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The Iriqouis and the Origins of American Democracy
AUTHOR: Grinde, Dr. Donald A.
PUBLISHED ON: March 18, 2003
DOC SOURCE: CCN
PUBLISHED IN: Educational

THE IROQUOIS AND THE ORIGINS OF AMERICAN DEMOCRACY

Speech by Dr. Donald A. Grinde, Jr., Distinguished Professor
of Interdiscipli- nary Studies, Gettysburg College, and
Crawford Research Fellow, 1987-1988. Delivered at Cornell
University September 11, 1987.

  _________________________

First of all, I would like to thank the Iroquois people that I
worked with some fifteen or more years ago. They gave me
encouragement in this project since I did not receive much
encouragement outside of the Iroquois people. I want to also
thank the Indian Historian Press whose stated purpose, then as
well as now, is to publish works by American Indian scholars
and others that contribute to new viewpoints on American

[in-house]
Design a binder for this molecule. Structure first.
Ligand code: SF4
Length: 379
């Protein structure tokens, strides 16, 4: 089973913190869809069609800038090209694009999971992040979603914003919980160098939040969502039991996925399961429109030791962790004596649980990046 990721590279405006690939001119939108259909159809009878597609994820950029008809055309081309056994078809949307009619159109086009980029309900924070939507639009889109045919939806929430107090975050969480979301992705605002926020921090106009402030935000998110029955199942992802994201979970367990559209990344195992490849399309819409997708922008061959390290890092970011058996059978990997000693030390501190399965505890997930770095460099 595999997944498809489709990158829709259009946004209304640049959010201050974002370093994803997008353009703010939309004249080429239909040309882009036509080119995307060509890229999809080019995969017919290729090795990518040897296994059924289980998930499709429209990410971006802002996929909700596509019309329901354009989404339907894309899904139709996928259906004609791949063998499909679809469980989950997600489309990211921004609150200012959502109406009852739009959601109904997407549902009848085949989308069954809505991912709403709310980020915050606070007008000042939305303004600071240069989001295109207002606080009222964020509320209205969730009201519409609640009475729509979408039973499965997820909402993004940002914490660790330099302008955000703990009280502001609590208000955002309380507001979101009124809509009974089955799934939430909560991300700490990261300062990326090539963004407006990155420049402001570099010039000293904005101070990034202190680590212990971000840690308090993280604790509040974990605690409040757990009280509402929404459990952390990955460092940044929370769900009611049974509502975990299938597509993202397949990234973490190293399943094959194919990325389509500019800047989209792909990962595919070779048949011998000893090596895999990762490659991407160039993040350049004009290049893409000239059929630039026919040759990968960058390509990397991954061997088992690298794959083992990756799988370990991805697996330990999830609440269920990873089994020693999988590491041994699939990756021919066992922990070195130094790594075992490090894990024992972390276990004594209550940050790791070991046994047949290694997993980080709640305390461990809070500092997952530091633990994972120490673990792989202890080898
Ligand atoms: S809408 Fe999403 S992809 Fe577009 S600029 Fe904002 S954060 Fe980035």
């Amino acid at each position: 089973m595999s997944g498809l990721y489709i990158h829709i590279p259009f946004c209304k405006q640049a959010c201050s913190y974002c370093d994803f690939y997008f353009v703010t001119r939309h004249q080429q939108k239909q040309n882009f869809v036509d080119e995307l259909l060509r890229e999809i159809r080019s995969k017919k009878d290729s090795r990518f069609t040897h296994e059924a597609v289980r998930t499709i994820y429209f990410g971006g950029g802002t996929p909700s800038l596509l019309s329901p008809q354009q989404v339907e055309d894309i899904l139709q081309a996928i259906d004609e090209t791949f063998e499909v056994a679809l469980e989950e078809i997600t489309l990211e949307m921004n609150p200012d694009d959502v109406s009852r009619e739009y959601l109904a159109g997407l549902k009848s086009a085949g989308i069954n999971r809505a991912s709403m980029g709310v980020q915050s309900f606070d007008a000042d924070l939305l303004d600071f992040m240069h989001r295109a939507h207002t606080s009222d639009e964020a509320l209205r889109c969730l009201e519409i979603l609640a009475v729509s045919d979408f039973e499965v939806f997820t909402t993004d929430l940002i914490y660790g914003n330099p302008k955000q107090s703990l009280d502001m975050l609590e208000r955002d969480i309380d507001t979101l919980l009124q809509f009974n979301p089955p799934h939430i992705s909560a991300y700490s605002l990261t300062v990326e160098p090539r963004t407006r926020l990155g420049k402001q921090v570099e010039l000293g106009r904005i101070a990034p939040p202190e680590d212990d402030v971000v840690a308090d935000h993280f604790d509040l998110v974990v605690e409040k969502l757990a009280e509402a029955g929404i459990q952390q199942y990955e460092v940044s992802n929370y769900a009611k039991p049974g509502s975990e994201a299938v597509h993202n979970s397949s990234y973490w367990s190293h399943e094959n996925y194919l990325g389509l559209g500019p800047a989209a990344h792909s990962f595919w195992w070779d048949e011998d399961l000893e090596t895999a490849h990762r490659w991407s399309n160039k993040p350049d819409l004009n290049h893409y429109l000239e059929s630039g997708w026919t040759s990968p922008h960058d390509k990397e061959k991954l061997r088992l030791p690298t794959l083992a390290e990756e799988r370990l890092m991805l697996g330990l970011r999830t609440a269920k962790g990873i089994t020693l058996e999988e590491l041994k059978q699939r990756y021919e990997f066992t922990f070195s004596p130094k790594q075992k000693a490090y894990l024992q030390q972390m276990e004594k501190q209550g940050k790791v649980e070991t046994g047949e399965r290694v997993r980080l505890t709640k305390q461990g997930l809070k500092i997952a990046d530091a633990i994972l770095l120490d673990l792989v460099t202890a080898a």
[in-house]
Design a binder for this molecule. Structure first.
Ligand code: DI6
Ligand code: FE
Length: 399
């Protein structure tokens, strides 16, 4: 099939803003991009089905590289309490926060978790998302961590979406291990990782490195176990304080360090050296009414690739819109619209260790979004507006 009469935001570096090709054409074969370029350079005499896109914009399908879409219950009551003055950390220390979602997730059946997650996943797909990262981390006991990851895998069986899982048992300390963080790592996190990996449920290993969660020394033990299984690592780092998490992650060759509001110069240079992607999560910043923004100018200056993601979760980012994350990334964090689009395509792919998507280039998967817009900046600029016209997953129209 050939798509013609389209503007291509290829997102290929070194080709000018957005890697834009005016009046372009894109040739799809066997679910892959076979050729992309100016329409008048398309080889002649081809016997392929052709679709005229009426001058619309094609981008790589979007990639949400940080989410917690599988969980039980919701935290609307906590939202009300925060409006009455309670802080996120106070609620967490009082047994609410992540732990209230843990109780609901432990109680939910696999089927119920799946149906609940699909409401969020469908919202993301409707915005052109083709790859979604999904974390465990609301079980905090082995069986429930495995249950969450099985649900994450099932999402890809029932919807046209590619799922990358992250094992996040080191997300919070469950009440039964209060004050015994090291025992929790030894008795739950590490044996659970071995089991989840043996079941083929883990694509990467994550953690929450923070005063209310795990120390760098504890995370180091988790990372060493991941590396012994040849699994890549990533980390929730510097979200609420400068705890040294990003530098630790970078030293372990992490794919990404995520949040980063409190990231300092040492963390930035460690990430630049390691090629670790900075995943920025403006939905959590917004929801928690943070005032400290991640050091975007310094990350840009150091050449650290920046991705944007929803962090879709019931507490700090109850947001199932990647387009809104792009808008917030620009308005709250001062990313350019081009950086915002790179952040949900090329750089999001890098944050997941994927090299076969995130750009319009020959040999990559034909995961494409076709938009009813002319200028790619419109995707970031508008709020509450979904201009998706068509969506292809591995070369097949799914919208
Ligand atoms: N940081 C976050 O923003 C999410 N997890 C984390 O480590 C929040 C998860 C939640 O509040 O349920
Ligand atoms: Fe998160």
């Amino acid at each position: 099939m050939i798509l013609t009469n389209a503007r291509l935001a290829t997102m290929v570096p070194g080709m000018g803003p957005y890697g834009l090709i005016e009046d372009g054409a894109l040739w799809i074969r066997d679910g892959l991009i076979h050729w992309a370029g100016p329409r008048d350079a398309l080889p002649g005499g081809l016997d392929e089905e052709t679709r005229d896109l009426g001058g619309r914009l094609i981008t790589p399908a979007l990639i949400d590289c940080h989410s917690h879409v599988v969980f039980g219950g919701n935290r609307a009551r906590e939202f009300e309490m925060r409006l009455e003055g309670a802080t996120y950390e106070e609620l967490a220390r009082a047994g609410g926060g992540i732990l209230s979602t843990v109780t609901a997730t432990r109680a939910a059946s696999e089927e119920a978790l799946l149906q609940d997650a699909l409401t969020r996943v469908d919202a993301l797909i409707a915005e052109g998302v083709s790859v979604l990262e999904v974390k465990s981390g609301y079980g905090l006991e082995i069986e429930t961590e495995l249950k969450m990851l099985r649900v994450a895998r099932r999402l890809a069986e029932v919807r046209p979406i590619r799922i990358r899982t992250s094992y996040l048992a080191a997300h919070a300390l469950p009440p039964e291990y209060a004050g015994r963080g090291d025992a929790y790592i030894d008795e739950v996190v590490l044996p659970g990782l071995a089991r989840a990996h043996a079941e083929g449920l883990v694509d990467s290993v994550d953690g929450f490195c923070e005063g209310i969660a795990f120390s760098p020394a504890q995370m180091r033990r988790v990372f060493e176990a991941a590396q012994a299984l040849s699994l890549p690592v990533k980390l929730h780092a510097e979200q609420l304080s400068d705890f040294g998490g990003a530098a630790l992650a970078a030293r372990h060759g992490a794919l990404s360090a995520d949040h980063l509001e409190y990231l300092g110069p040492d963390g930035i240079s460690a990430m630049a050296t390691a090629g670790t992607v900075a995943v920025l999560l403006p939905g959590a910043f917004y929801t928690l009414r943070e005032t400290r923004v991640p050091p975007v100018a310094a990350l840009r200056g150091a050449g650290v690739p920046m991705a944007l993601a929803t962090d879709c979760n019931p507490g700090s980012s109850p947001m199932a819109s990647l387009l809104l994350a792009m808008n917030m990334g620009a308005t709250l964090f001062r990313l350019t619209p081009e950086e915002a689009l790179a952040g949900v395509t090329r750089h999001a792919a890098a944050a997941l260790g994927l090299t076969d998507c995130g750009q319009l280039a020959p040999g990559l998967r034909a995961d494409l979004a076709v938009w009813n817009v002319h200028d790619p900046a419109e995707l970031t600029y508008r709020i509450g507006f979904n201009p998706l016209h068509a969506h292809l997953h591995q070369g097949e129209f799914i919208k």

Indian history. Finally, I would like to thank Americans for
Indian Opportunity and the Meredith Fund for research funds
that made my present research possible.

Today, I would like to share with you some of the new data
that I have found in the last year or so that supplements my
earlier findings. I will focus on four items:

  1)  The Treaty Congress at Albany in August of 1775
  2)  Benjamin Franklin and his ideas about the Covenant Chain
  of the Iroquois.
  3)  Thomas Paine and some of the things that he wrote that
  have not been attributed to him.
  4)  John Rutledge of South Carolina and how he learned of the
  Great Law of the Iroquois, and how he helped to write the first
  draft of the U. S. Constitution.

As Eugene Crawford Memorial Fellow for 1987-1988, my purpose
will be to analyze, from a historian’s viewpoint, the extent
and impact of the Iroquois ideas on American democracy. This
analysis will include, of course, the U. S. Constitu- tion. I
want to make this study an integral part of the analysis of
the Constitution. In the future, I want to make sure that when